Conclusion

Kahoot! isn’t as bad as I remembered back in 2014 but that’s not to say that it is great either. If you use it, that’s totally fine. Teachers like reliable tools and if this is working for you keep on, keeping on, but I urge you to check out some other options out there such as Quizizz, Quizlet, Google Forms and more. They may not have that catchy tune and may not be as “fun” but they will all give you the same data and guess what it works with any device with an Internet connection.

I Played with Virtual Reality

In the not too distant past there was a promise that virtual reality and/or augmented reality was going to be the “next big thing.” Well both are here and there is less buzz around them than ever before? I have played around with a virtual reality headset and was less than impressed. Let me tell you what went wrong.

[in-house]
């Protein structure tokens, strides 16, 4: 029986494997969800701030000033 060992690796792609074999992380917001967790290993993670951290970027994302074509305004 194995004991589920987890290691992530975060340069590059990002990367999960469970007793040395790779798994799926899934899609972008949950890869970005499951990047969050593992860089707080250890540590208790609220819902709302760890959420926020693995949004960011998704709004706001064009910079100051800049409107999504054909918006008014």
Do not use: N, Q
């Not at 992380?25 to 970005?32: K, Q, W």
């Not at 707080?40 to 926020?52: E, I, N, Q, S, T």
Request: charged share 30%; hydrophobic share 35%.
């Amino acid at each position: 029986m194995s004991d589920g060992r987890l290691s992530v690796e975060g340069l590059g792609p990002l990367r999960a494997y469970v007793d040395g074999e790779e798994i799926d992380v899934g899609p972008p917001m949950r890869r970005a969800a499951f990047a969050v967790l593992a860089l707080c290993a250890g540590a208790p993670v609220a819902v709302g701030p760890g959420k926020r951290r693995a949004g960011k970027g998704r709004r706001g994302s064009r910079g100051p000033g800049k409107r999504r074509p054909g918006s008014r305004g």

Lenovo Mirage Solo

I attended the HECC Tech Conference in Indianapolis this year. Every participant was given a Lenovo Mirage Solo virtual reality headset. What makes this a little intriguing is that it is completely wireless. There is no smartphone that needs to be slipped into a piece of cardboard or power/data cables that are tethered to the headset. There is also a wireless handheld controller that will let you navigate through the menus and also allow you to interact with the different apps.

At the conference, a Lenovo sales representative predicted that every school in America would have a cart of VR headsets for teachers to check out and use with their class. He did say that Lenovo recommends that the headset is used with children at least 13 years or older.

So what powers this thing? The Mirage runs Android and Google Daydream. Of course, this means you need to have a Google account and access to the Google Play store to download apps. It has a wall charger with a USB C connector to charge the device and the remote control (you need to charge them separately). There is also a 3.5mm headphone jack on the side of the headset and it includes some earbuds, though I suspect you could pair some wireless Bluetooth headphones to it.